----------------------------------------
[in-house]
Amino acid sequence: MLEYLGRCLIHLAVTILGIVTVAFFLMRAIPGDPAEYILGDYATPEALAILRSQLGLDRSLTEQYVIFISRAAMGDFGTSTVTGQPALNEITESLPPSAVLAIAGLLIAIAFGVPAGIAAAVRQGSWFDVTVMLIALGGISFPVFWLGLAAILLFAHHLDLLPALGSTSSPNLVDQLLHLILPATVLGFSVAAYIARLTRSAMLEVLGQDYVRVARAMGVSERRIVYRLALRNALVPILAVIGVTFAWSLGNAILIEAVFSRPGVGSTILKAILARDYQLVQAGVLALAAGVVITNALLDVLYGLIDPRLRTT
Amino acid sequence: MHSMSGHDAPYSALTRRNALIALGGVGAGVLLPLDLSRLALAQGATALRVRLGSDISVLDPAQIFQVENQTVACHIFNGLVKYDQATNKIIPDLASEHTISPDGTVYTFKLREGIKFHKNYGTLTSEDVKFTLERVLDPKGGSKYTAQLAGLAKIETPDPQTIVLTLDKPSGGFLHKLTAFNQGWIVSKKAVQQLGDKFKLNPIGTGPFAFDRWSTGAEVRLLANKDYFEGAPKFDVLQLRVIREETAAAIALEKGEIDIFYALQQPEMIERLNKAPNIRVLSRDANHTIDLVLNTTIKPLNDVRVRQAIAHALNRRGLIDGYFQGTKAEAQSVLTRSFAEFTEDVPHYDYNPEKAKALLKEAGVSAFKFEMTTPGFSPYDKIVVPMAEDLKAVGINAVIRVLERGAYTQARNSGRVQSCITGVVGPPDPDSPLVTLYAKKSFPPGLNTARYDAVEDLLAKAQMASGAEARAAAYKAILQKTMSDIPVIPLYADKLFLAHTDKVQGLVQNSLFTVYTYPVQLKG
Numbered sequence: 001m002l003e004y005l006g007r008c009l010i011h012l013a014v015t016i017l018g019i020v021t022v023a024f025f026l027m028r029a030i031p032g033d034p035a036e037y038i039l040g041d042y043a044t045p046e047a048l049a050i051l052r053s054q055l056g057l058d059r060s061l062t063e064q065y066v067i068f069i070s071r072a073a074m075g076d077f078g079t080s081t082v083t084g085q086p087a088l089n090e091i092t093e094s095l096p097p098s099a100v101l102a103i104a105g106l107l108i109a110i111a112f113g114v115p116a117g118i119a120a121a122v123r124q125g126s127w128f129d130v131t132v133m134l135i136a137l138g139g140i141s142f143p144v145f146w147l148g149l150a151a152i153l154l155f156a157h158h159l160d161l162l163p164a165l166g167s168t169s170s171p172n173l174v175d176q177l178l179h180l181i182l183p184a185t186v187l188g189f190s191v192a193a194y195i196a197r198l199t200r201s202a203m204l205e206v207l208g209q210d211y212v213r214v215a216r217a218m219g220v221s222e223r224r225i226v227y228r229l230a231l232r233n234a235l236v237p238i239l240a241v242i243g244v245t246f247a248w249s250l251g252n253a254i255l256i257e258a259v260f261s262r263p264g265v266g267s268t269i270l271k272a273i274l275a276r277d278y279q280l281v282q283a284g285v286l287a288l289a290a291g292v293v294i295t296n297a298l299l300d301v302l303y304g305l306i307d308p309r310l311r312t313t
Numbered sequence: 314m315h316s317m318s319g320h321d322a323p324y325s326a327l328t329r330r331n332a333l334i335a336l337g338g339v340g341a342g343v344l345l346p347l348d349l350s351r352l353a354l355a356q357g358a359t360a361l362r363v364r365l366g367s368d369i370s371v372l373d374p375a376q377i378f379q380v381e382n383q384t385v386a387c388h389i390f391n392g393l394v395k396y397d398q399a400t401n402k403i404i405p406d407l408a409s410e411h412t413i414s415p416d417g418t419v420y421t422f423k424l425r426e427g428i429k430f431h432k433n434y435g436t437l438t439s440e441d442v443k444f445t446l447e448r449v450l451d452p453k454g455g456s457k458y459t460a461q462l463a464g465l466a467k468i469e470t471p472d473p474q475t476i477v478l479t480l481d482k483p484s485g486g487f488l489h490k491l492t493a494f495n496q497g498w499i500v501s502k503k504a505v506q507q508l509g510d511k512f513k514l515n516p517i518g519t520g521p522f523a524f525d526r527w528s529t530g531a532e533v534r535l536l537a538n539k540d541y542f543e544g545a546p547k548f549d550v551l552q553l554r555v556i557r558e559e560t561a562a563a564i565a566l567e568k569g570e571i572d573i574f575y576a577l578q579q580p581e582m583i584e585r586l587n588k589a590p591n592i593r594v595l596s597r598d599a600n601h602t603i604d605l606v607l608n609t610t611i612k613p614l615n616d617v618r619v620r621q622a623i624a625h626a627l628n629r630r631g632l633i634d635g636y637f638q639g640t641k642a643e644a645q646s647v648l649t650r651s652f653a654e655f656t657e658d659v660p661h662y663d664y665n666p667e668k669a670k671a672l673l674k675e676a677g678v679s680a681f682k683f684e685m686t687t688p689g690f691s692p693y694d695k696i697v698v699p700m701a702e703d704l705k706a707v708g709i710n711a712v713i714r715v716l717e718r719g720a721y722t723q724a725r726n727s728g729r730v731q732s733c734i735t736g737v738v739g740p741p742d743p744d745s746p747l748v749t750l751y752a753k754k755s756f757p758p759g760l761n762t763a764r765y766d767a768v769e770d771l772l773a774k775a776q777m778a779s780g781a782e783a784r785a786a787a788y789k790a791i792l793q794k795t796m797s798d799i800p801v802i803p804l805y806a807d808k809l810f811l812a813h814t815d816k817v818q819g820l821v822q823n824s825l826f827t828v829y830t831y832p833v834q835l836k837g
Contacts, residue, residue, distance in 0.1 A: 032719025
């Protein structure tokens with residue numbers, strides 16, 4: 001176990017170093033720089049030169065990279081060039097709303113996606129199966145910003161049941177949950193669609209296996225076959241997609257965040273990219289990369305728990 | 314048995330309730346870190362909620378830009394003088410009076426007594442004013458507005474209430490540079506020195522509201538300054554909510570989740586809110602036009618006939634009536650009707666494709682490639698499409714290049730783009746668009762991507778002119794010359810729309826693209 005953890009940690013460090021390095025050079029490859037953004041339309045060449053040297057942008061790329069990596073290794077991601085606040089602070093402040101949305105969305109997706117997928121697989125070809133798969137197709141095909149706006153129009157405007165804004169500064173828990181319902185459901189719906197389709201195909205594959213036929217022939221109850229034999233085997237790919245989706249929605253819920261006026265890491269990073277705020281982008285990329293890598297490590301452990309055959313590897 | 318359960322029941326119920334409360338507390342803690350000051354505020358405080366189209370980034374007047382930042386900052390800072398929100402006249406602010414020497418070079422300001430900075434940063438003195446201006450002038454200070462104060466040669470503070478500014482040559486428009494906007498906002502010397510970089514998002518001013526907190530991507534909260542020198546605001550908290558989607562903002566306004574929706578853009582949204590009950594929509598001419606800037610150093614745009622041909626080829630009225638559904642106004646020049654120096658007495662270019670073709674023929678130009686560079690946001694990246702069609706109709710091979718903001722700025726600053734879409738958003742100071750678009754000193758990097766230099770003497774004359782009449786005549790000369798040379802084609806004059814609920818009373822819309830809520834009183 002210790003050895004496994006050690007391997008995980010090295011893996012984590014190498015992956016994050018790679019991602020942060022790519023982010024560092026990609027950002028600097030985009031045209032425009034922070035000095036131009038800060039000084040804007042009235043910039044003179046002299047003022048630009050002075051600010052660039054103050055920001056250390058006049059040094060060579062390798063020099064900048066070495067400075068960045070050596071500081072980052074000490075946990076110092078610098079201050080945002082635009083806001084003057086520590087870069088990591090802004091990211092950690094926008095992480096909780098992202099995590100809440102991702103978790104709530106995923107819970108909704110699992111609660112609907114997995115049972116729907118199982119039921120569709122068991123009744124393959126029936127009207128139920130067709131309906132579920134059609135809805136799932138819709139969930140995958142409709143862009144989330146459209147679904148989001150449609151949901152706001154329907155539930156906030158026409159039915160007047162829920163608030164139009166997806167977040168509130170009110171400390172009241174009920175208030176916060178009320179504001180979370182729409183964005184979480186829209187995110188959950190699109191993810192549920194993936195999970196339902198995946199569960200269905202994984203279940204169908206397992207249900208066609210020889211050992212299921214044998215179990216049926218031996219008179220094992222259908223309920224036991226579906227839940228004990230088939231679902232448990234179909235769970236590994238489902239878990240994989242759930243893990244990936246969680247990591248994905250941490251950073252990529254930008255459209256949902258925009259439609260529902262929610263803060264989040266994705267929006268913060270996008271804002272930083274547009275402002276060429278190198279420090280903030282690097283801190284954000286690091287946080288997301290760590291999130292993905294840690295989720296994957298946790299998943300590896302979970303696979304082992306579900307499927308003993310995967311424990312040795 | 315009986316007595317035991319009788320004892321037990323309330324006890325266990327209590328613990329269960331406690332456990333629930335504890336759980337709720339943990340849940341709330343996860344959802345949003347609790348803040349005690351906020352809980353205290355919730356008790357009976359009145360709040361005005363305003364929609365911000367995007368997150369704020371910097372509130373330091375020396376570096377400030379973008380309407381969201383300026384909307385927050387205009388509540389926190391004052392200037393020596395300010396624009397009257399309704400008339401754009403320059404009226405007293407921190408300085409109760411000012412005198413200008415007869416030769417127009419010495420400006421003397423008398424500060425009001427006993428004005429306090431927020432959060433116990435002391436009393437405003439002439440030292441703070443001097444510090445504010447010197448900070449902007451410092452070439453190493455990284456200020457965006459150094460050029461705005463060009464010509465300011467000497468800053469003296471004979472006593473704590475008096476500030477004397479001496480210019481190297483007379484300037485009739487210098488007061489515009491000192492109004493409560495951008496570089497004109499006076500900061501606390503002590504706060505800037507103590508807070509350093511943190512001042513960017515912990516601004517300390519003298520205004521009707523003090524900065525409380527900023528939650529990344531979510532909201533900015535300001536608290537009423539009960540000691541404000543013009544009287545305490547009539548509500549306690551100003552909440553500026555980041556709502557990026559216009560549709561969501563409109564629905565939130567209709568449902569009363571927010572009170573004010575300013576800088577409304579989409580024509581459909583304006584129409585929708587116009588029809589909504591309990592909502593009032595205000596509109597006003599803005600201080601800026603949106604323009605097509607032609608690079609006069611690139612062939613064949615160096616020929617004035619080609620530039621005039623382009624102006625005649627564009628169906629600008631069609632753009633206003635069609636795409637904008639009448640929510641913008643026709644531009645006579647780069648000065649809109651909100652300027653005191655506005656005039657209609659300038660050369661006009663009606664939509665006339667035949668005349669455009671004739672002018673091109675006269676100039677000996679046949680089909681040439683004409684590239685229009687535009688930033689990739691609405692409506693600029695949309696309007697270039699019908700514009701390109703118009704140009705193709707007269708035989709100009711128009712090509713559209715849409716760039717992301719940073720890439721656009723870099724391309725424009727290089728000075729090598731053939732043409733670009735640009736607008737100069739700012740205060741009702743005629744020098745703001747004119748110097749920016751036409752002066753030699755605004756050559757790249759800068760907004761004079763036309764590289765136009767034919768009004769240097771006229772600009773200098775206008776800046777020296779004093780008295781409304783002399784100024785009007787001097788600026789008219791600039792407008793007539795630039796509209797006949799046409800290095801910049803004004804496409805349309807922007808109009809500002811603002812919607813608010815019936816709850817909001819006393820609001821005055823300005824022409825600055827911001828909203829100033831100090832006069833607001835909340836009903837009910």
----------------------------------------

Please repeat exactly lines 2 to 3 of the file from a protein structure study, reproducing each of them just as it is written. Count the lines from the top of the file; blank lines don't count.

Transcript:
Amino acid sequence: MLEYLGRCLIHLAVTILGIVTVAFFLMRAIPGDPAEYILGDYATPEALAILRSQLGLDRSLTEQYVIFISRAAMGDFGTSTVTGQPALNEITESLPPSAVLAIAGLLIAIAFGVPAGIAAAVRQGSWFDVTVMLIALGGISFPVFWLGLAAILLFAHHLDLLPALGSTSSPNLVDQLLHLILPATVLGFSVAAYIARLTRSAMLEVLGQDYVRVARAMGVSERRIVYRLALRNALVPILAVIGVTFAWSLGNAILIEAVFSRPGVGSTILKAILARDYQLVQAGVLALAAGVVITNALLDVLYGLIDPRLRTT
Amino acid sequence: MHSMSGHDAPYSALTRRNALIALGGVGAGVLLPLDLSRLALAQGATALRVRLGSDISVLDPAQIFQVENQTVACHIFNGLVKYDQATNKIIPDLASEHTISPDGTVYTFKLREGIKFHKNYGTLTSEDVKFTLERVLDPKGGSKYTAQLAGLAKIETPDPQTIVLTLDKPSGGFLHKLTAFNQGWIVSKKAVQQLGDKFKLNPIGTGPFAFDRWSTGAEVRLLANKDYFEGAPKFDVLQLRVIREETAAAIALEKGEIDIFYALQQPEMIERLNKAPNIRVLSRDANHTIDLVLNTTIKPLNDVRVRQAIAHALNRRGLIDGYFQGTKAEAQSVLTRSFAEFTEDVPHYDYNPEKAKALLKEAGVSAFKFEMTTPGFSPYDKIVVPMAEDLKAVGINAVIRVLERGAYTQARNSGRVQSCITGVVGPPDPDSPLVTLYAKKSFPPGLNTARYDAVEDLLAKAQMASGAEARAAAYKAILQKTMSDIPVIPLYADKLFLAHTDKVQGLVQNSLFTVYTYPVQLKG